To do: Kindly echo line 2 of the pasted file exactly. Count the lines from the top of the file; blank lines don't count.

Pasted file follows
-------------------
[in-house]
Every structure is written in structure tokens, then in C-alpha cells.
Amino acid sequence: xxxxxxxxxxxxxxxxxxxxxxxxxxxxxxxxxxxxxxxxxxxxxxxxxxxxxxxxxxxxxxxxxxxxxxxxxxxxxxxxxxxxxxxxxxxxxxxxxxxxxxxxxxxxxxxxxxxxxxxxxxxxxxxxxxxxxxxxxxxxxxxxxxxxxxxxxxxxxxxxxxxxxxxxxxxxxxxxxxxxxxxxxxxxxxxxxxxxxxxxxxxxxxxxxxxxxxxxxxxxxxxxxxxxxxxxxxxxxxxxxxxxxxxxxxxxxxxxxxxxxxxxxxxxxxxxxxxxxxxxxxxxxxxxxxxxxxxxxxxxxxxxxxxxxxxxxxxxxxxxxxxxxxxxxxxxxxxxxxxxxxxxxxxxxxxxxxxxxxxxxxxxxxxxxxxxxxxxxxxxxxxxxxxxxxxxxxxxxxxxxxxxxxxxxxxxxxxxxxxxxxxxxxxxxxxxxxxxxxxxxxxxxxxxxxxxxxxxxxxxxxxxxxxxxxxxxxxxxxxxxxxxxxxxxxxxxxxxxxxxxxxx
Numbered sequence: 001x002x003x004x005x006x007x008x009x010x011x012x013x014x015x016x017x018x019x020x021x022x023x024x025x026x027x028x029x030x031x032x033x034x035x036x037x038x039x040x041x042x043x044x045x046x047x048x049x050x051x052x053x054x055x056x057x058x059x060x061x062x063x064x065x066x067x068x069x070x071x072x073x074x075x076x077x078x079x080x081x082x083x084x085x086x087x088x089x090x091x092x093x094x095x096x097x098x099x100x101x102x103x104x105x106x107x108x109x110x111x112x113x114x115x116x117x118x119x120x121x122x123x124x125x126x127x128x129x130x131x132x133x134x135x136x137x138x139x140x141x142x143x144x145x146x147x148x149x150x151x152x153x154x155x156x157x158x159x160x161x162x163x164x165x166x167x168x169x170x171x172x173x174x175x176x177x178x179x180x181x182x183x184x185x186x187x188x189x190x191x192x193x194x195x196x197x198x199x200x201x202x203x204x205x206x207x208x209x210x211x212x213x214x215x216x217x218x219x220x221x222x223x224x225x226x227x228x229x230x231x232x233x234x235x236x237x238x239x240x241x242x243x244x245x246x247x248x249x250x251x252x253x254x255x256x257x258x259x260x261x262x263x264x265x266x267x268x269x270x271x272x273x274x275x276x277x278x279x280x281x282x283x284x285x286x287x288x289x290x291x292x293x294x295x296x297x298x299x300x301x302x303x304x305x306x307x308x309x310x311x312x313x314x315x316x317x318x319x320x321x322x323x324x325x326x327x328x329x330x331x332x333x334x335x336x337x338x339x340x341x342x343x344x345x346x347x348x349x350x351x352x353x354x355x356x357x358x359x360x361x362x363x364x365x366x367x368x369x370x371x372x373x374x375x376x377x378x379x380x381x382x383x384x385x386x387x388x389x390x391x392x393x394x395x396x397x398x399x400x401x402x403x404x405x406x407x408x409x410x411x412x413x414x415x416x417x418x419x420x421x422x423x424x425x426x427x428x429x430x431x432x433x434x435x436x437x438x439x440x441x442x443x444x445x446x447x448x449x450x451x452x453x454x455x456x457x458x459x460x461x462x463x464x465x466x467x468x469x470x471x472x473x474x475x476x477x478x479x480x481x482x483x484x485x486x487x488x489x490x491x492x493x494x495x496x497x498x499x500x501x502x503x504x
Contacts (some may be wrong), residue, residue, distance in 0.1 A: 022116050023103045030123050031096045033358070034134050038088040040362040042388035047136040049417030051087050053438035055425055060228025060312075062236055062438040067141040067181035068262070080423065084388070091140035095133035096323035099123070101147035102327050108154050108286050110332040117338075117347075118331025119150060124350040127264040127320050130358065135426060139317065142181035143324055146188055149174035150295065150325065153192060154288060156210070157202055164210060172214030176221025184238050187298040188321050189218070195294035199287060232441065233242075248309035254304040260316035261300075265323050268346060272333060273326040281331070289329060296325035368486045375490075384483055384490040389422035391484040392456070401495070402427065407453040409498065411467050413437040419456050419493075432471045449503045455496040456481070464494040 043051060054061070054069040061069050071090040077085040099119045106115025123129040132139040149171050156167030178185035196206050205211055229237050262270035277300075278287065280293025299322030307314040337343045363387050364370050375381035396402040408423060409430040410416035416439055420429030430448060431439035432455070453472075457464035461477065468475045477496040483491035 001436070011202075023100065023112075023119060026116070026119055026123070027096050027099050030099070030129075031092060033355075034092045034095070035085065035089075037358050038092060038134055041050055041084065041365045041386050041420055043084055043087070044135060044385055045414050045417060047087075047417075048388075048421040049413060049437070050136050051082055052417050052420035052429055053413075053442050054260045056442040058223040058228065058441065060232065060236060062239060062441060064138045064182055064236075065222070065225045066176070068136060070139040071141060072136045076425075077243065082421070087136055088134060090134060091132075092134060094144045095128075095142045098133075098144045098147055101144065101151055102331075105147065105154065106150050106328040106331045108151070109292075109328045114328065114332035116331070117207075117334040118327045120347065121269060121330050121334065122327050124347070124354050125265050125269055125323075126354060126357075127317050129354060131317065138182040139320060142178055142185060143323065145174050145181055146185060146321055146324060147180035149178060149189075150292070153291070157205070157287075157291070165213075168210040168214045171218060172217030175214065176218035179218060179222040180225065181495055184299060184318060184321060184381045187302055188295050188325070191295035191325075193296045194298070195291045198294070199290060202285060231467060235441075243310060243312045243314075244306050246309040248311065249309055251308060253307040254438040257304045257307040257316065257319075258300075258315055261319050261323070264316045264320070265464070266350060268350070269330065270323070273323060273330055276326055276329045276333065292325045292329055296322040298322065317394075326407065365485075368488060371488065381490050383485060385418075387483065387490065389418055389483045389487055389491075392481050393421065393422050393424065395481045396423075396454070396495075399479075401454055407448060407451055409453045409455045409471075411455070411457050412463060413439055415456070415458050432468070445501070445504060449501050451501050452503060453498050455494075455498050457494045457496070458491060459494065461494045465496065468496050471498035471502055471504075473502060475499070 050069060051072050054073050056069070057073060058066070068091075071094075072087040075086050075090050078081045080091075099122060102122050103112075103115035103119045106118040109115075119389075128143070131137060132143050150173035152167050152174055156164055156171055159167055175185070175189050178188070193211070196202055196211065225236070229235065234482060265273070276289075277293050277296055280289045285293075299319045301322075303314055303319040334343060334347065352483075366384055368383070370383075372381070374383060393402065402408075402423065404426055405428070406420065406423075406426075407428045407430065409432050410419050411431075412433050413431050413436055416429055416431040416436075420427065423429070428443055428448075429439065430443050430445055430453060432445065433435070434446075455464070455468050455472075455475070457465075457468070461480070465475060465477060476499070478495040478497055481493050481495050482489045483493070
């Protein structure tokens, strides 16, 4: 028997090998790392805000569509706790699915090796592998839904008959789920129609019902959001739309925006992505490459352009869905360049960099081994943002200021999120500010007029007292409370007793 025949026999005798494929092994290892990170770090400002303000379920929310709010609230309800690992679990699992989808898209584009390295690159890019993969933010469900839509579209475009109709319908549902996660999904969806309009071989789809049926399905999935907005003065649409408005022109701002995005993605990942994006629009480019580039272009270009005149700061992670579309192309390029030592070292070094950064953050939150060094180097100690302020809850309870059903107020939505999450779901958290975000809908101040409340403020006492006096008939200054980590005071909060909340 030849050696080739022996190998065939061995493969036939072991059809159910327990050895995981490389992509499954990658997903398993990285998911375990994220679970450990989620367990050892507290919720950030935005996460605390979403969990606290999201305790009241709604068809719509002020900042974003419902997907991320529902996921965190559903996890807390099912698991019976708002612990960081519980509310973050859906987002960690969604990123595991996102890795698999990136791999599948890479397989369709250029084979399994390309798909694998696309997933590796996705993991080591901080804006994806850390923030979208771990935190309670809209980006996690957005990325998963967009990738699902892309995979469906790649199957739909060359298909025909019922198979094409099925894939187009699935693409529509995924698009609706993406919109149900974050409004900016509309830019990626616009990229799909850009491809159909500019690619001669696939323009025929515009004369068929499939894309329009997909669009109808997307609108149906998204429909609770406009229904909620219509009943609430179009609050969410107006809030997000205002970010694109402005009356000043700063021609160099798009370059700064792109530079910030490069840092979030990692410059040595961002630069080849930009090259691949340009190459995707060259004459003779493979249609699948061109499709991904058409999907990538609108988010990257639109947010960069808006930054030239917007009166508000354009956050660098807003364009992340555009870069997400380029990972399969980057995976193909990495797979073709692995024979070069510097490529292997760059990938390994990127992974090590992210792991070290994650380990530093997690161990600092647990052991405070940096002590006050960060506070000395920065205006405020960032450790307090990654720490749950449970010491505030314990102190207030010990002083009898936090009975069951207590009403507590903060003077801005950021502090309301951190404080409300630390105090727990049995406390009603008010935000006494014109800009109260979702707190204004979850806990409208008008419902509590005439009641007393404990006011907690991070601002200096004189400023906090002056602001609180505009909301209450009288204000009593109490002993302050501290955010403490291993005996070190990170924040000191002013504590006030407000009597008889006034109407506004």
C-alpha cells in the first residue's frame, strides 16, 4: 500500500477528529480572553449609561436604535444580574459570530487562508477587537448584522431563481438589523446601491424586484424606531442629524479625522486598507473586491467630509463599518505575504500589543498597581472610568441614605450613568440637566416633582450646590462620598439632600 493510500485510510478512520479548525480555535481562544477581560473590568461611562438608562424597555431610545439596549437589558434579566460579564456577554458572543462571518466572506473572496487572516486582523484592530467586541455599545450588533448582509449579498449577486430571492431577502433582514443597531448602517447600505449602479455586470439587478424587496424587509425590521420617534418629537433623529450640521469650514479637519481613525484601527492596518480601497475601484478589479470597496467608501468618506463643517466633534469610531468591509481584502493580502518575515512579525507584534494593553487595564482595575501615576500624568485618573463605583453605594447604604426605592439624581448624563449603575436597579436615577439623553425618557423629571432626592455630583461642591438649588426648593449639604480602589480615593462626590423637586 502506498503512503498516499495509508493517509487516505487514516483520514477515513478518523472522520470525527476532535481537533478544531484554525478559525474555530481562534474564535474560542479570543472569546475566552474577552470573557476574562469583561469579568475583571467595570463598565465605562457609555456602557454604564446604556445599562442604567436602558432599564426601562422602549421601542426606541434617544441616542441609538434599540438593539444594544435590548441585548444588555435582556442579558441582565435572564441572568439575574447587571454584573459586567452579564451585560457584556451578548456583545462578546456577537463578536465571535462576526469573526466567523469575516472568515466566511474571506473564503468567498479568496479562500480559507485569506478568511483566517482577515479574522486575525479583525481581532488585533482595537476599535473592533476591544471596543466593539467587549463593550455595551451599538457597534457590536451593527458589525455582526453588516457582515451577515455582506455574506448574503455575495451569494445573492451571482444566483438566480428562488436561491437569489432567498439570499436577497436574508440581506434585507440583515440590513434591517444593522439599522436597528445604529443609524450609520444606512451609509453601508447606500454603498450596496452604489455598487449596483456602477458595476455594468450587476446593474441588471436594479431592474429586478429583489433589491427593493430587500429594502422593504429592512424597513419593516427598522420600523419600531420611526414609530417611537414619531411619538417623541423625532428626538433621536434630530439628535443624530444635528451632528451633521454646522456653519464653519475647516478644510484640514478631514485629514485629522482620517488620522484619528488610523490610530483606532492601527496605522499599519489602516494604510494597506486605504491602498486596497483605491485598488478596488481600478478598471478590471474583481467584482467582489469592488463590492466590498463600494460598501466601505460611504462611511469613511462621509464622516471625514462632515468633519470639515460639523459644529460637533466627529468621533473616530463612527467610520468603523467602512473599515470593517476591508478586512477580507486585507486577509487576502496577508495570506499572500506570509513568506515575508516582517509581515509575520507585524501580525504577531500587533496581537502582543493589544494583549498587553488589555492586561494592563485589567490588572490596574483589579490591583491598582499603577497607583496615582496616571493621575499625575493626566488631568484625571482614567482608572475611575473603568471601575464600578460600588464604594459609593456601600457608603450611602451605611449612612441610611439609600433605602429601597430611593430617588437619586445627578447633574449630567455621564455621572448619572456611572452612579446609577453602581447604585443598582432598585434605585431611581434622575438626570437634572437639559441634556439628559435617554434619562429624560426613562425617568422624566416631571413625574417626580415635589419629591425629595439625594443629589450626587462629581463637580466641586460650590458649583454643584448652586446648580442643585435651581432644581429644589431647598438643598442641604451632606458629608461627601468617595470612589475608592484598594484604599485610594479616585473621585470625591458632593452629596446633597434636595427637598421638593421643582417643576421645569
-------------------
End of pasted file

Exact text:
Every structure is written in structure tokens, then in C-alpha cells.